The Jesuit Refugee Service centre in Italy, the Centro Astalli, has expressed “serious concern” over the approval in Italy of a tough new “security decree” that could see migrant rescue ships in the Mediterranean confiscated and its operators fined up to one million euros.

Driving the news

As The Independent reports, the Italian Senate passed the controversial new law Monday by a margin 160-57.

Under the legislation, also known as the “security decree bis” and sponsored by far-right Interior Minister Matteo Salvini, rescue boats that bring stranded refugees to Italian ports without permission could face financial penalties of between 150,000 and one million euros.

Rescue boat captains could also be arrested and have their vessels confiscated.

The new law also provides for harsh penalties for demonstrators and those who threaten public officials.

Salvini celebrated the Senate vote on Twitter, writing that “the security decree, with more powers to police forces, more border checks and more men to arrest mafiosi, is law”.

“I thank you, Italians, and the Blessed Virgin Mary”, Salvini added.

But the new security decree has come under harsh criticism from NGOs in Italy and beyond.


Italian Jesuits warn Salvini migrants “should not be instruments for political propaganda”

The intrigue

“Imposing financial or other penalties on shipmasters could deter or impede sea rescue activities by private vessels at a time when European states have largely withdrawn from rescue efforts in the Central Mediterranean”, the UN refugee agency warned in a statement.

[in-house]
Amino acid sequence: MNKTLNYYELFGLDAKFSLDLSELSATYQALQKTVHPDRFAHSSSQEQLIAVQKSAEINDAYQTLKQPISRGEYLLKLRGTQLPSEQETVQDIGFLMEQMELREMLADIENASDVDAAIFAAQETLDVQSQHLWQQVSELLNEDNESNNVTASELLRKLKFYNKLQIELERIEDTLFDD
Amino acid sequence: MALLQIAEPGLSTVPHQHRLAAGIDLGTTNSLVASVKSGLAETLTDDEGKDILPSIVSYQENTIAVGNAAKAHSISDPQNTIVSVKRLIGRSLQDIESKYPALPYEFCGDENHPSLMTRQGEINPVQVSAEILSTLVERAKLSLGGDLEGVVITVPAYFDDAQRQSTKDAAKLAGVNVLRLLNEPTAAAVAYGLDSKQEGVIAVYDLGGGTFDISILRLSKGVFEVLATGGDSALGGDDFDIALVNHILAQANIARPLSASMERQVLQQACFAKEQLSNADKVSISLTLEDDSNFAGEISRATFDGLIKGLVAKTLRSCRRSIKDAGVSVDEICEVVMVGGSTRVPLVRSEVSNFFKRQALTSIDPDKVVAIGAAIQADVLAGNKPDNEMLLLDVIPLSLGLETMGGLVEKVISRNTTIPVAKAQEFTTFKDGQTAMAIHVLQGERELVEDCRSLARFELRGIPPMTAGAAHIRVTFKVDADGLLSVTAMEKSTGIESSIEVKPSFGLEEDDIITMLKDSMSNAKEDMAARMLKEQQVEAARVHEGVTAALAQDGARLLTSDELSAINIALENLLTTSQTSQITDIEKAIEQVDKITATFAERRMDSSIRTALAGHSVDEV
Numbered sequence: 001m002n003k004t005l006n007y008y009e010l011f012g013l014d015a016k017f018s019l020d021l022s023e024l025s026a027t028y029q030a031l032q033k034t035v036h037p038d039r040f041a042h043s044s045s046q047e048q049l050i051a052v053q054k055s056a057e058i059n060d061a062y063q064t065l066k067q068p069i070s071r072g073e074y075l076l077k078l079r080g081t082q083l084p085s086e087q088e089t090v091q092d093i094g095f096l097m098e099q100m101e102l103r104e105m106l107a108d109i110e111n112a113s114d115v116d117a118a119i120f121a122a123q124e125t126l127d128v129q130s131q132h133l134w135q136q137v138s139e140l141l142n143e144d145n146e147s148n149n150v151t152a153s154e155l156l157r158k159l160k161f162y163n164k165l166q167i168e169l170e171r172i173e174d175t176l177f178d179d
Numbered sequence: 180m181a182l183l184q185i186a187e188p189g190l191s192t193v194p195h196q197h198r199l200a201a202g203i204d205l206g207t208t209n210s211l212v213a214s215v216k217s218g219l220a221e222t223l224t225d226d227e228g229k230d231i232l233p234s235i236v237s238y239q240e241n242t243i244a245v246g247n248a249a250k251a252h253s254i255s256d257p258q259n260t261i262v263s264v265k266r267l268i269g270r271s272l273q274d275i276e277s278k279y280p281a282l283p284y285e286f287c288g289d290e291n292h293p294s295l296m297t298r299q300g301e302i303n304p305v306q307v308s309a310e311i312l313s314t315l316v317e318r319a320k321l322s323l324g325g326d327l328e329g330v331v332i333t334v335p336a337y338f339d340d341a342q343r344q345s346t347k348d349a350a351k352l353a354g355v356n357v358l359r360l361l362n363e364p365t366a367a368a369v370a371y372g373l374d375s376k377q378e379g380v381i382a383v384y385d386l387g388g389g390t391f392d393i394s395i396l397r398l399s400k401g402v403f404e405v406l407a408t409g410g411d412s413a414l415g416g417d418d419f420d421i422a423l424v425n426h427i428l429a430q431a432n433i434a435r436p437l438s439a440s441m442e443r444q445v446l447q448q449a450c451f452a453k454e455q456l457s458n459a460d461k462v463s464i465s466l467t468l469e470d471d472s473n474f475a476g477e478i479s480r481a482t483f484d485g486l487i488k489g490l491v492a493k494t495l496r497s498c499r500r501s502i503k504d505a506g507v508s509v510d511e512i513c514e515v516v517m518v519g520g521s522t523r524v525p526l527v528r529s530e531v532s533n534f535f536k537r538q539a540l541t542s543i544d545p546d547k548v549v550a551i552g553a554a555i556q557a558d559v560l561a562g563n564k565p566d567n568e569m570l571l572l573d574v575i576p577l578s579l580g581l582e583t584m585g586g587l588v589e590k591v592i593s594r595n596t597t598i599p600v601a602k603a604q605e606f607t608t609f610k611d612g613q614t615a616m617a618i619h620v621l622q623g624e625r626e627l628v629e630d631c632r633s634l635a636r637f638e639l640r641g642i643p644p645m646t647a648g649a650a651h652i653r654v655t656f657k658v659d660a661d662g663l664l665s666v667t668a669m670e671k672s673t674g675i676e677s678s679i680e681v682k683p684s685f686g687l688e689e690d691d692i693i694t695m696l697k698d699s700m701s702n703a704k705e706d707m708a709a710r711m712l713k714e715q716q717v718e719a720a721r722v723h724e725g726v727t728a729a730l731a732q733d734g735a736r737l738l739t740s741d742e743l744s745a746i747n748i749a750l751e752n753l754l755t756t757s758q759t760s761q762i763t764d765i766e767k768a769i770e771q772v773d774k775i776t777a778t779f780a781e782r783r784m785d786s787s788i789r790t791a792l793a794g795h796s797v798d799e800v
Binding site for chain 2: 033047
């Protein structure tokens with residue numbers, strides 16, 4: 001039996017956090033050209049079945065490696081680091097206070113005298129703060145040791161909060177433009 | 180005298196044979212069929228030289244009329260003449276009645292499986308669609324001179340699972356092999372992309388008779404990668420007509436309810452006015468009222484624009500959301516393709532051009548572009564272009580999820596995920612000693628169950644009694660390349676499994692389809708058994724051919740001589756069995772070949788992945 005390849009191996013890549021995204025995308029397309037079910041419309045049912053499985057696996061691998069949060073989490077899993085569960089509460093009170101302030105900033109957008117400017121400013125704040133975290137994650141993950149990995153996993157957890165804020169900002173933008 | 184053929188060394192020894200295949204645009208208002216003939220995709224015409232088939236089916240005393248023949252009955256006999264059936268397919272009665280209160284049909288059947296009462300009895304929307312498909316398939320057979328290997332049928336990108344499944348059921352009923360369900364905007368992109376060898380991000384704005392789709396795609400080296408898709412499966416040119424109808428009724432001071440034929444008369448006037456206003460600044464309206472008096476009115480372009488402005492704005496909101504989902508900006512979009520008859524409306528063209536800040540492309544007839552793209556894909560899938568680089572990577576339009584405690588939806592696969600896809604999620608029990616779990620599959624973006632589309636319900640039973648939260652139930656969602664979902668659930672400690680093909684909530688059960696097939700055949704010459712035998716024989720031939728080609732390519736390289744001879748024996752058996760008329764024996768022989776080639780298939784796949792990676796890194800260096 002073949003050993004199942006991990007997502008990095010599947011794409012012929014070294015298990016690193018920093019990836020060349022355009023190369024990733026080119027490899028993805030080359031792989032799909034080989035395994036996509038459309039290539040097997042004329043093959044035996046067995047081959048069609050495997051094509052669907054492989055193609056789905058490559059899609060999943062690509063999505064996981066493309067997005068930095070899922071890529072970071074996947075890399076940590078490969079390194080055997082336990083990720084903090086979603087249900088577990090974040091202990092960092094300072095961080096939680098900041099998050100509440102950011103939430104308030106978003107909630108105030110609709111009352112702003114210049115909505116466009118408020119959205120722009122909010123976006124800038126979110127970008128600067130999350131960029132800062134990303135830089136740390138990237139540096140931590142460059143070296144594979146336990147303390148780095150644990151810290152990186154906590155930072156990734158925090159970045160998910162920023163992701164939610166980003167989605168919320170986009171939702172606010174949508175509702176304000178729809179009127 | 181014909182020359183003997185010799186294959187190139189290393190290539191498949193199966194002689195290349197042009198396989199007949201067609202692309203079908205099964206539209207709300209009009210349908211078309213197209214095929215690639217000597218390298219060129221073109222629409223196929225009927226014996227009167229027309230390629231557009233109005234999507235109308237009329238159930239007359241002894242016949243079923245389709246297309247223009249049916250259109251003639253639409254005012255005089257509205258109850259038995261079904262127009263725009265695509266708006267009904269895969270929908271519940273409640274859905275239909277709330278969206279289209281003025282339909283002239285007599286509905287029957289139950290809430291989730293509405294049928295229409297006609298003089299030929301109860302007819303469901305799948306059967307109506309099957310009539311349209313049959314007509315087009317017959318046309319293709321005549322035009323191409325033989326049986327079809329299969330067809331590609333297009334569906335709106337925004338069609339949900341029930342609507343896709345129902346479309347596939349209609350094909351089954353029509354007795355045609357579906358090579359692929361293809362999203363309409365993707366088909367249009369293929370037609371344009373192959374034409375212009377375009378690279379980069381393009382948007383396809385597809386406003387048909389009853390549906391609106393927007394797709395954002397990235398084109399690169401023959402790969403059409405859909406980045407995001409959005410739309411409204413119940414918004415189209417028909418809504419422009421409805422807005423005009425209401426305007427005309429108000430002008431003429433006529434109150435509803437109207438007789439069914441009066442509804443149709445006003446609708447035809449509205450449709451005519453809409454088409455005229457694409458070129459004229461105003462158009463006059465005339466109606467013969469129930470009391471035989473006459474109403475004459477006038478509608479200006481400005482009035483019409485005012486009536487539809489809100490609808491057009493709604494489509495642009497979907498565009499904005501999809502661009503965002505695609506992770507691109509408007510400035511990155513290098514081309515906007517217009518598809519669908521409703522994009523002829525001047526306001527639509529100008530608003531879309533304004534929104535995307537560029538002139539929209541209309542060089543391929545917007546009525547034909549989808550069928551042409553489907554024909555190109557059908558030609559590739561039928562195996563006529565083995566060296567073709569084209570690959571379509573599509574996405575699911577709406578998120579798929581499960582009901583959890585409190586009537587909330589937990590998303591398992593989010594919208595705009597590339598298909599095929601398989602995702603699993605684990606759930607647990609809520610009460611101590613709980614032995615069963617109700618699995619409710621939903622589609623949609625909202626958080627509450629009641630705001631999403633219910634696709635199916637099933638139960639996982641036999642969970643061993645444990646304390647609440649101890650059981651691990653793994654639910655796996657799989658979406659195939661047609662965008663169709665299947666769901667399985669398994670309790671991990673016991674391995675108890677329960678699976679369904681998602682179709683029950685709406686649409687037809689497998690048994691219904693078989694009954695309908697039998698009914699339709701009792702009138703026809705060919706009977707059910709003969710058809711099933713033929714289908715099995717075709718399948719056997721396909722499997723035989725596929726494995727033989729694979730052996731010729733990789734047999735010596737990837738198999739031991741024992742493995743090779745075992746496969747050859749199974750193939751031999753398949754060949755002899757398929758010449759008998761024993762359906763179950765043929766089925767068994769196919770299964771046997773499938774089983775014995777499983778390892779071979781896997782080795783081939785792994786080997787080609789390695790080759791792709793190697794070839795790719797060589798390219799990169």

Médecins Sans Frontières (MSF) Italy said the law “will inflict useless suffering … putting at risk the lives of vulnerable people”.

“Clearly, the sole intention of this security decree is to intimidate those showing solidarity with migrants”, Maurice Stierl, a member of the refugee hotline Alarm Phone told The Independent.

A spokesperson for the rescue charity Sea-Watch, Haidi Sadik, added that Salvini’s security decree “is an abuse of power that creates a state-led culture of defiance of international maritime laws and conventions that protect human life at sea”.

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Go deeper

The Centro Astalli added its voice to this chorus of disapproval, calling the attempts to hinder or prevent private rescue efforts in the Mediterranean “particularly alarming”.

“Leaving migrants in Libya or letting them die in the Mediterranean is not only inhumane, but also certainly not a deterrent for those who are forced to flee their countries because of wars, persecution or serious needs”, the Centro Astalli warned in a statement Tuesday.

“In the absence of legal alternatives to reach safety, these people will not stop in front of the dangers of the sea or of the Libyan detention centres”, the Centro added.

The Italian Jesuit Refugee Service insisted that “managing migration is a European issue that requires common commitment and assumption of responsibility to achieve shared solutions that respect human life and dignity”.

See too:

Church orgs want end to “criminalisation of solidarity” after “year’s worst Mediterranean tragedy”

For the record

“With the approval of the Security Decree bis, we write a dark page of the democratic history of Italy”, lamented Centro Astalli president Camillo Ripamonti.

“While skilfully seeding fear and hatred to distract the public, the Security Decree strikes at the heart of our constitution, of our history, of our principles of civilization with astonishing simplicity”, the priest denounced.

He added that the law stomps “upon international conventions and human rights with anti-solidarity demagogic norms”.

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